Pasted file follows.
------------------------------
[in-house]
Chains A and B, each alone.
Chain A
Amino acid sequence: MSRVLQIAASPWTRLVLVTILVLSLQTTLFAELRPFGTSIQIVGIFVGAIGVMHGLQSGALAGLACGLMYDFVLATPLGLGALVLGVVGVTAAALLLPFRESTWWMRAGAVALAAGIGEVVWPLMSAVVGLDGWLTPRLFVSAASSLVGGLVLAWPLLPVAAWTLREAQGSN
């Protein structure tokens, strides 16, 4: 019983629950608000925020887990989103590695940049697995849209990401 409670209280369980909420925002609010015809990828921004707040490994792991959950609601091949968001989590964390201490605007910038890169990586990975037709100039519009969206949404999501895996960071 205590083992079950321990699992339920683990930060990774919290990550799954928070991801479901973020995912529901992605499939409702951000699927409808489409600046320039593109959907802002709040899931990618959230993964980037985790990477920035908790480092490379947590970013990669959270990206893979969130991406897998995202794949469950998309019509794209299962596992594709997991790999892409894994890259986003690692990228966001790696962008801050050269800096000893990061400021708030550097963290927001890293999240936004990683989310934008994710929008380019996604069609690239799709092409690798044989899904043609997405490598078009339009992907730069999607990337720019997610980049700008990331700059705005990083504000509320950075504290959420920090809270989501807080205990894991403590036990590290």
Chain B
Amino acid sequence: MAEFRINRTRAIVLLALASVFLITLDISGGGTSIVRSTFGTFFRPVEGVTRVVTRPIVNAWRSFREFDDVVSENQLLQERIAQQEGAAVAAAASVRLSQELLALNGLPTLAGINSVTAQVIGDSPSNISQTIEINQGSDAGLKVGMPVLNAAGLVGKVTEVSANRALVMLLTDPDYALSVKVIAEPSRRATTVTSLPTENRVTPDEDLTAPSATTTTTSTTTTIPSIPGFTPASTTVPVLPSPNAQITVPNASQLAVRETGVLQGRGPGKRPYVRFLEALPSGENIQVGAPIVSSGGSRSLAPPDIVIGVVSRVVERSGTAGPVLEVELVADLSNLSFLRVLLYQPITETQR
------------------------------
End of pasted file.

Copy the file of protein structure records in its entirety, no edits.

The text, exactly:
[in-house]
Chains A and B, each alone.
Chain A
Amino acid sequence: MSRVLQIAASPWTRLVLVTILVLSLQTTLFAELRPFGTSIQIVGIFVGAIGVMHGLQSGALAGLACGLMYDFVLATPLGLGALVLGVVGVTAAALLLPFRESTWWMRAGAVALAAGIGEVVWPLMSAVVGLDGWLTPRLFVSAASSLVGGLVLAWPLLPVAAWTLREAQGSN
């Protein structure tokens, strides 16, 4: 019983629950608000925020887990989103590695940049697995849209990401 409670209280369980909420925002609010015809990828921004707040490994792991959950609601091949968001989590964390201490605007910038890169990586990975037709100039519009969206949404999501895996960071 205590083992079950321990699992339920683990930060990774919290990550799954928070991801479901973020995912529901992605499939409702951000699927409808489409600046320039593109959907802002709040899931990618959230993964980037985790990477920035908790480092490379947590970013990669959270990206893979969130991406897998995202794949469950998309019509794209299962596992594709997991790999892409894994890259986003690692990228966001790696962008801050050269800096000893990061400021708030550097963290927001890293999240936004990683989310934008994710929008380019996604069609690239799709092409690798044989899904043609997405490598078009339009992907730069999607990337720019997610980049700008990331700059705005990083504000509320950075504290959420920090809270989501807080205990894991403590036990590290």
Chain B
Amino acid sequence: MAEFRINRTRAIVLLALASVFLITLDISGGGTSIVRSTFGTFFRPVEGVTRVVTRPIVNAWRSFREFDDVVSENQLLQERIAQQEGAAVAAAASVRLSQELLALNGLPTLAGINSVTAQVIGDSPSNISQTIEINQGSDAGLKVGMPVLNAAGLVGKVTEVSANRALVMLLTDPDYALSVKVIAEPSRRATTVTSLPTENRVTPDEDLTAPSATTTTTSTTTTIPSIPGFTPASTTVPVLPSPNAQITVPNASQLAVRETGVLQGRGPGKRPYVRFLEALPSGENIQVGAPIVSSGGSRSLAPPDIVIGVVSRVVERSGTAGPVLEVELVADLSNLSFLRVLLYQPITETQR